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Harrison Ford Crashes Plane, Condition Unclear; Delta Flight Skids Off Runway Nearly Into River

Aired March 5, 2015 - 19:00   ET


ERIN BURNETT, CNN ANCHOR: OUTFRONT tonight, we're following major breaking news. Multiple reports tonight that Actor Harrison Ford has crashed a plane he was piloting onto a Los Angeles golf course. We have the very latest on this breaking story for you.

And a major scare at New York's La Guardia Airport. A Delta Flight with 132 onboard skids off the runway feet from icy waters.

And just into CNN, dramatic new images of the Boston Marathon bombing as survivors confront the bomber in emotional testimony. Let's go OUTFRONT.

And the breaking news tonight. There are multiple reports this evening that actor Harrison Ford has crashed his plane at a Los Angeles golf course. NBC News and TMZ are reporting the actor was seriously injured. He was flying a vintage yellow two-seater plane. And it crashed into this golf course in Venice, California. Our understanding, it was a vintage World War II plane. He was an experienced pilot. Howard Teba who was an employee at the Penmar golf course tells NBC that there was blood all over the actor's face. At this time, from what we understand from these reports it appears Harrison Ford was flying solo. Right now he's been taken to a local hospital. We're standing by for a possible press conference for the very latest on this.

As we await that, Kyung Lah is on her way to the crash site. And Kyung, what can you tell us?

KYUNG LAH, CNN CORRESPONDENT: What we can tell you is we have spoken to the FAA to a number of agency here in Los Angeles, responding to what was a single engine plane crash on the golf course. This golf course is very close to the Santa Monica airport. The Fire Department is telling us that there was one person aboard, an adult male, approximately 65 to 70 years old. That he was taken to a local hospital. How is he doing? The LAPD says he's in stable condition. What we can tell you about this airport Erin is that this is where the rich and famous have long flown out of. A place of history dating back to the '30s.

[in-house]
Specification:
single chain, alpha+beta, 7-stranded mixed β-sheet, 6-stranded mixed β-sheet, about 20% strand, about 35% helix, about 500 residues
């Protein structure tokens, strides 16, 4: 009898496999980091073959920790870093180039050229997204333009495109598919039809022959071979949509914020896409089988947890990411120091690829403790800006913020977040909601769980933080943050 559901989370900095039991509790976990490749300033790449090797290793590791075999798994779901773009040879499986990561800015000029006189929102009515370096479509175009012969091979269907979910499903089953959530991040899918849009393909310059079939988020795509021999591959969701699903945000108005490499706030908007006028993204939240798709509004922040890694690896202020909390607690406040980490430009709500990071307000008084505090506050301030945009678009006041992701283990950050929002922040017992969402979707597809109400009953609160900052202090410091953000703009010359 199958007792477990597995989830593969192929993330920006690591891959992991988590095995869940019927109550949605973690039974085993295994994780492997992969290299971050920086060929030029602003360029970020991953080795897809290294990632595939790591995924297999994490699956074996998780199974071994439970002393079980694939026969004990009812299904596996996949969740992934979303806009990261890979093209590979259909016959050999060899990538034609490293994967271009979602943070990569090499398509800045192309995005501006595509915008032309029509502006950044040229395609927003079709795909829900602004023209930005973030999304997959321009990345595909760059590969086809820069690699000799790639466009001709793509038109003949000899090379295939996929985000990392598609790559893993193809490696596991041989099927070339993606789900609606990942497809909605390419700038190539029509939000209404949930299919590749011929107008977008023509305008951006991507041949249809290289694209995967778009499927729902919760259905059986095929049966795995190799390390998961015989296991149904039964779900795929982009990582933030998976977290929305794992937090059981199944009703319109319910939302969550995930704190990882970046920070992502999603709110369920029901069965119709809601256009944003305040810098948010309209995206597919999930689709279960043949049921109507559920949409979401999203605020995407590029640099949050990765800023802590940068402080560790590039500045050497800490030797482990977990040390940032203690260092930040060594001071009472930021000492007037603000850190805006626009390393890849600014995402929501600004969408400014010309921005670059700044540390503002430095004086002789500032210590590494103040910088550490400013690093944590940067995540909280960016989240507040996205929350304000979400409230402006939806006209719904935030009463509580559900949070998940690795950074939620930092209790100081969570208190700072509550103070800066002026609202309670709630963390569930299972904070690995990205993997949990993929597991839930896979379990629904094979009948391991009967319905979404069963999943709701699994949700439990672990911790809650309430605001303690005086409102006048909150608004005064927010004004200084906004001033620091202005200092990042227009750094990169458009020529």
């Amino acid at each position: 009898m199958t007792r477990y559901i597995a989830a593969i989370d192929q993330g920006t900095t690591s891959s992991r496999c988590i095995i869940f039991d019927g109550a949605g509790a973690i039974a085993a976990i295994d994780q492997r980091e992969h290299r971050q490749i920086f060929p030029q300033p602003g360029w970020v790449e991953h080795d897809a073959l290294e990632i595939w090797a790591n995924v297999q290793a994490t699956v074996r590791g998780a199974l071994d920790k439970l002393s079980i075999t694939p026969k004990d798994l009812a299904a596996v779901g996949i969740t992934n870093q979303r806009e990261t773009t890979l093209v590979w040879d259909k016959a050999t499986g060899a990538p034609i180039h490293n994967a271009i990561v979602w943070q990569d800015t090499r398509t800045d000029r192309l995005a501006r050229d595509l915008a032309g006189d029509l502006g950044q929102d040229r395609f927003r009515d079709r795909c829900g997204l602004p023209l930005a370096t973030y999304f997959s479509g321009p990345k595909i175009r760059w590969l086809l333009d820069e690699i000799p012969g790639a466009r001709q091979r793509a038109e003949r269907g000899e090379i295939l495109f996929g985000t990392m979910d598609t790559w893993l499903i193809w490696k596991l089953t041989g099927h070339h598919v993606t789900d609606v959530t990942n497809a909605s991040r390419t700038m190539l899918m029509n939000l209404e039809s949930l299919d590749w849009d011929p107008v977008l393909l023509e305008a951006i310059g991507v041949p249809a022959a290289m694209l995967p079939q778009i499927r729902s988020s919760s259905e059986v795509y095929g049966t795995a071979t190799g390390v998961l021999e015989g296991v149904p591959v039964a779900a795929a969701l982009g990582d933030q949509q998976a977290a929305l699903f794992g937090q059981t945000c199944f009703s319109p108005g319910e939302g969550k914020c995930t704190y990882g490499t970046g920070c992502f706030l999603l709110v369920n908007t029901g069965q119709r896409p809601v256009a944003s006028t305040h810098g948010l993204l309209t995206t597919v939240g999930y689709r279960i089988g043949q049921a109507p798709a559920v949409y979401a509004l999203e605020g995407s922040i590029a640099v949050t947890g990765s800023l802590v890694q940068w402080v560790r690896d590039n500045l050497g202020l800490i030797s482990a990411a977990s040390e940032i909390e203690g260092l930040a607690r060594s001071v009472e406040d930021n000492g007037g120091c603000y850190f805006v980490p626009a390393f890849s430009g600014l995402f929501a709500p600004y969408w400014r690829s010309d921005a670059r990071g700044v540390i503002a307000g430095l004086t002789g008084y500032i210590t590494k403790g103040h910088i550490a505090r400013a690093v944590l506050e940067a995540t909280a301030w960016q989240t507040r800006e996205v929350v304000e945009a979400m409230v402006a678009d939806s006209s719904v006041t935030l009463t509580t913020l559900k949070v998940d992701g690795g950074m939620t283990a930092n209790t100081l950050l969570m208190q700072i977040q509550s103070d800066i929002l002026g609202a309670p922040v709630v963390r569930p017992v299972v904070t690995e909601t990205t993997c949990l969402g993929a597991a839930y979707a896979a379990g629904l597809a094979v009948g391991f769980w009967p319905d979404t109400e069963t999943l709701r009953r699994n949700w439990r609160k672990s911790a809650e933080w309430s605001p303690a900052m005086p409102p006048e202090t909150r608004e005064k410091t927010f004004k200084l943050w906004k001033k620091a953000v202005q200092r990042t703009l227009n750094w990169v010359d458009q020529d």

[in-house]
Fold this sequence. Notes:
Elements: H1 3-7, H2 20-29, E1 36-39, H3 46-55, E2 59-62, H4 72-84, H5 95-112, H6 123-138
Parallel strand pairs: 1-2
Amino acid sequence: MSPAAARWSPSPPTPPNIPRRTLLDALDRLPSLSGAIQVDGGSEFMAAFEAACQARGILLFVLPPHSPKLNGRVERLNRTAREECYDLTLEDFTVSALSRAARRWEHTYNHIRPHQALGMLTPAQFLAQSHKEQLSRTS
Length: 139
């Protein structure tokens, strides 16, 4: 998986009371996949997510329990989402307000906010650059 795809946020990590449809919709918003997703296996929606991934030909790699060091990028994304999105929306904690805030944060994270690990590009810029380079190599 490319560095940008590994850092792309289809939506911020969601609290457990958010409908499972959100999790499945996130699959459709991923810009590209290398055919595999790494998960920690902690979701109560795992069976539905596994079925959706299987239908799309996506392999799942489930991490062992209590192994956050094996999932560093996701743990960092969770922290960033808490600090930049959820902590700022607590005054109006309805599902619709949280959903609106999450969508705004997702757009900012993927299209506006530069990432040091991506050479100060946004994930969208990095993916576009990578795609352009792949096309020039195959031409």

But currently there are actors like Arnold Schwarzenegger, Tom Cruise, Harrison Ford. They all have planes there. They are experienced pilots and they fly out of this very private airport. But this has been a very troubled airport. There's been a number of small plane crashes and so there has been a lot of controversy between the residents who live basically with airport right in their backyard and the airport itself. They don't want the airport there. They say that it's simply too dangerous. You can tell by looking at the aerial how close, I hope you can see the context of how close the golf course is to the airport. The houses, the airport, the golf course, all very close together. We are all trying to get more information about the condition of the pilot. And one last thing, Erin, Harrison Ford has had a crash, an aviation accident before. The NTSB did investigate a 1999 crash in Santa Clarita, California. And he was the pilot trainee of board. He was practicing something called an auto rotation and he had a hard landing. So, he is someone who has had experience flying for a very long time. We don't know though what has happened with this particular plane crash -- Erin.

BURNETT: All right. Kyung Lah, thank you very much. Kyung, as we said going to be on the scene momentarily. We'll going to go to her live again as she gets there. We're awaiting more words. As we said, a possible press conference with more details here on this accident.